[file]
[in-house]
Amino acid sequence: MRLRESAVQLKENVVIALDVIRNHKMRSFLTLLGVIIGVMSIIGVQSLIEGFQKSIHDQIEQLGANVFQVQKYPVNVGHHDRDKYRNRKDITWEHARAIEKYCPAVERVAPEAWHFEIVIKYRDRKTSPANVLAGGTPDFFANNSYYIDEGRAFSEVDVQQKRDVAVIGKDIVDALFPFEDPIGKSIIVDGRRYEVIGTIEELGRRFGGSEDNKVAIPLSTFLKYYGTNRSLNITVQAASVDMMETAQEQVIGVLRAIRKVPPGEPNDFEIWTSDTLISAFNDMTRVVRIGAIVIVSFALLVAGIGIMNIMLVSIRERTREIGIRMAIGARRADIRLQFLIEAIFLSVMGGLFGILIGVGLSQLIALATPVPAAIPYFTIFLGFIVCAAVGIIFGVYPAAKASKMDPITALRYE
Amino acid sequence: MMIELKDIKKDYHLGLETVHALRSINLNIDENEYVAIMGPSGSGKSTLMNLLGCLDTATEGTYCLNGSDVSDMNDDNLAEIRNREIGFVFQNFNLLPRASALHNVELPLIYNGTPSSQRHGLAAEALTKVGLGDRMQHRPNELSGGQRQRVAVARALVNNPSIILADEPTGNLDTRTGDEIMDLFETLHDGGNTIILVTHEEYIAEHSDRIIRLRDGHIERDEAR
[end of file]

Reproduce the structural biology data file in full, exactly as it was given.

[in-house]
Amino acid sequence: MRLRESAVQLKENVVIALDVIRNHKMRSFLTLLGVIIGVMSIIGVQSLIEGFQKSIHDQIEQLGANVFQVQKYPVNVGHHDRDKYRNRKDITWEHARAIEKYCPAVERVAPEAWHFEIVIKYRDRKTSPANVLAGGTPDFFANNSYYIDEGRAFSEVDVQQKRDVAVIGKDIVDALFPFEDPIGKSIIVDGRRYEVIGTIEELGRRFGGSEDNKVAIPLSTFLKYYGTNRSLNITVQAASVDMMETAQEQVIGVLRAIRKVPPGEPNDFEIWTSDTLISAFNDMTRVVRIGAIVIVSFALLVAGIGIMNIMLVSIRERTREIGIRMAIGARRADIRLQFLIEAIFLSVMGGLFGILIGVGLSQLIALATPVPAAIPYFTIFLGFIVCAAVGIIFGVYPAAKASKMDPITALRYE
Amino acid sequence: MMIELKDIKKDYHLGLETVHALRSINLNIDENEYVAIMGPSGSGKSTLMNLLGCLDTATEGTYCLNGSDVSDMNDDNLAEIRNREIGFVFQNFNLLPRASALHNVELPLIYNGTPSSQRHGLAAEALTKVGLGDRMQHRPNELSGGQRQRVAVARALVNNPSIILADEPTGNLDTRTGDEIMDLFETLHDGGNTIILVTHEEYIAEHSDRIIRLRDGHIERDEAR